At 82, Philip Glass may be America’s most celebrated composer. His innovations, widely canonized as “minimalist” (Glass actually prefers the term, “music with repetitive structures”), have long since entered the mainstream. His operas have been sung at the Met and beyond; his symphonies have entered the repertory of orchestras around the world. His film work has been nominated for Academy Awards. Earlier this year he became a Kennedy Center Honoree. And, right now, his newest score is onstage as more than mere accompaniment in the Glenda Jackson-led production of King Lear.
How did this happen? What brought Philip Glass to Broadway this season?
Philip Glass: I got a call from Scott Rudin, Lear’s producer. I had worked with him several times before on films and on Broadway. I worked with him on The Crucible just last year. So, he called me up and asked if I would write music for King Lear. I thought it was a very good idea.
The first thing I did was I read the whole play. I knew Lear, of course, I’d seen it performed many times. I actually love Lear; if Scott hadn’t asked, I would have had to find someone to commission it for me. I was very happy to do it. But I’d never actually sat down and read it. Then I also began reading more about Shakespeare himself and that period of English history. I became very quickly knowledgeable about the politics of London at that time, how King James was the start of it all, and “The Gunpowder Plot” that tried to remove him. I began to look at King Lear from the point of view of what was going on when Shakespeare wrote it, and all the ways he wove that very fraught political stuff he was living through into his play.
It isn’t an easy play. There are 12 major characters on the stage, most of whom die at some point; there are very few left standing at the end. Yet it is the favorite play of so many people, including myself; it is just a towering work.
How long did it take to write the music?
Scott called in December. They started rehearsing almost immediately after that, in January, and I started attending rehearsals. By the end of February, we were in previews. And we just opened in April.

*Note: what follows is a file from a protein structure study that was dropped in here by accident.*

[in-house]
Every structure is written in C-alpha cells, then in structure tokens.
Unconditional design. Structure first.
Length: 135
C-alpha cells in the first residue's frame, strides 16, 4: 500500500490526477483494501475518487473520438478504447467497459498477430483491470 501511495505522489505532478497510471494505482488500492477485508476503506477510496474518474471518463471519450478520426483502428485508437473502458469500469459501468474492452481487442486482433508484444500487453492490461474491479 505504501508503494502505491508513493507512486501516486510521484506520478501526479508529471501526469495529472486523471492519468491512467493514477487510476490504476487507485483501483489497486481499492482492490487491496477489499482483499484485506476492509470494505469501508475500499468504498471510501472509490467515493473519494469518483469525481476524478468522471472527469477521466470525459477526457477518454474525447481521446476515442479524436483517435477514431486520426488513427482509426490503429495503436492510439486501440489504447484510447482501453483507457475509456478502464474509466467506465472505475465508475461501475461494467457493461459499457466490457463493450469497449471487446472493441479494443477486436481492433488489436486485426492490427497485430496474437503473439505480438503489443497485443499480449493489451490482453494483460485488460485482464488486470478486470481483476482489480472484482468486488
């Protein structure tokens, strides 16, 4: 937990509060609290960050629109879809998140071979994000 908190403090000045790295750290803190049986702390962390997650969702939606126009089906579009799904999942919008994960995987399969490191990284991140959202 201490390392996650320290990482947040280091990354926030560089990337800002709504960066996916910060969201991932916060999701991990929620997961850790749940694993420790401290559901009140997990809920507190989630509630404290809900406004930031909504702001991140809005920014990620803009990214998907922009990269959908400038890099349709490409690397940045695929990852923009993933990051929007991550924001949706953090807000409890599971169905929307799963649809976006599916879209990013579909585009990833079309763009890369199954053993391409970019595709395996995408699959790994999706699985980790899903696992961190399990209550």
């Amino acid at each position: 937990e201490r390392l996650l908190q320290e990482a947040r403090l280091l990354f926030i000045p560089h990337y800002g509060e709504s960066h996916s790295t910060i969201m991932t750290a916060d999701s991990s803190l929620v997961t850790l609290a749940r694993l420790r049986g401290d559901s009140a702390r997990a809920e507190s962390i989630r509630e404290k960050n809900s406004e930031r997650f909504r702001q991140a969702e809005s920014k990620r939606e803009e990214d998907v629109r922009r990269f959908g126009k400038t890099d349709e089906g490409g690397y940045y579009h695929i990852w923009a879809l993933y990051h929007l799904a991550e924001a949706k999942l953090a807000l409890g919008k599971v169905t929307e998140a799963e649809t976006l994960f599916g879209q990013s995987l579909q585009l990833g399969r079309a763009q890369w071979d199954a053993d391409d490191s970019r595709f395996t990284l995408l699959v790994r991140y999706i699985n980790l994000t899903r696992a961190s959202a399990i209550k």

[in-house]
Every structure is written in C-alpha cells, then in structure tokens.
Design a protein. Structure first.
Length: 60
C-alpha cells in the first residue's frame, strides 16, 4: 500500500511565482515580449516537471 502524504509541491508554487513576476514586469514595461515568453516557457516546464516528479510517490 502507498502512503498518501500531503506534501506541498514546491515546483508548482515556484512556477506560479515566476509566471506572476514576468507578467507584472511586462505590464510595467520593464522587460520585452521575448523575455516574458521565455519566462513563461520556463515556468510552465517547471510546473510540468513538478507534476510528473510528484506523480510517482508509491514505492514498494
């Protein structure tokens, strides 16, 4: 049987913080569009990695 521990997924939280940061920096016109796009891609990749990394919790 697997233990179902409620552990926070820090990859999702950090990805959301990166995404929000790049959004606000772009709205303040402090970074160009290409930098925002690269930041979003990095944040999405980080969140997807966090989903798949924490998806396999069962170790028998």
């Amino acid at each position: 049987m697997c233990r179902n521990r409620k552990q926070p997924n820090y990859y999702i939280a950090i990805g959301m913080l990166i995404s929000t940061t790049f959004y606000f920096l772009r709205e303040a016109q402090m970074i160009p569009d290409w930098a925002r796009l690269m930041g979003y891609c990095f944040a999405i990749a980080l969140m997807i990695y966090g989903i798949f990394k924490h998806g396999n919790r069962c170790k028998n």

Are you saying that you wrote most of the music for King Lear over a single month or so, during rehearsals?
Yes, pretty much. I was going to rehearsals in the daytime and then I was writing in the afternoons and evenings. I decided right off that I wanted to compose for a string quartet. I know how to write for string quartet. I love its range of emotion. At the beginning, though, I had just a piano version written. We didn’t get the quartet until maybe 10 days before the first preview. Once we had the quartet, the director, Sam Gold, immediately put them onstage as part of the action. Then he quickly began to find places for the musicians to move around the stage. That was a pleasant surprise. The technology is such now that musicians can move and the instruments are wirelessly amplified. It’s so liberating not to have wires trailing after them like in the old days. Sam used that freedom a lot. He had very good ideas about the placement of the musicians onstage. But he left the music to me.
There is about an hour of music, all told. That’s a lot for a play. The Crucible had maybe 20 minutes. No string quartet ever plays a piece of music this long, this much. It’s so much music that the score really becomes part of the bone and the muscle of the piece. I was working on it right up to the end of previews. And so was Sam. We were both really trying to do the same thing; understand what Lear is about, understand where its emotional climaxes are, understand what it is trying to say. Lear has been in production for 400 years. It really speaks to us. But people are still trying to figure it out.
And, what about working with Glenda Jackson?
Well, a constant concern for Sam and for me was making sure the music didn’t overwhelm; that the text can always be heard. I frequently scaled things back, and even reduced the quartet at times down to duets, to make sure nothing was ever drowned out. But Glenda has a voice like a trombone. I never had to worry about drowning her out. Glenda’s is the loudest instrument we’ve got.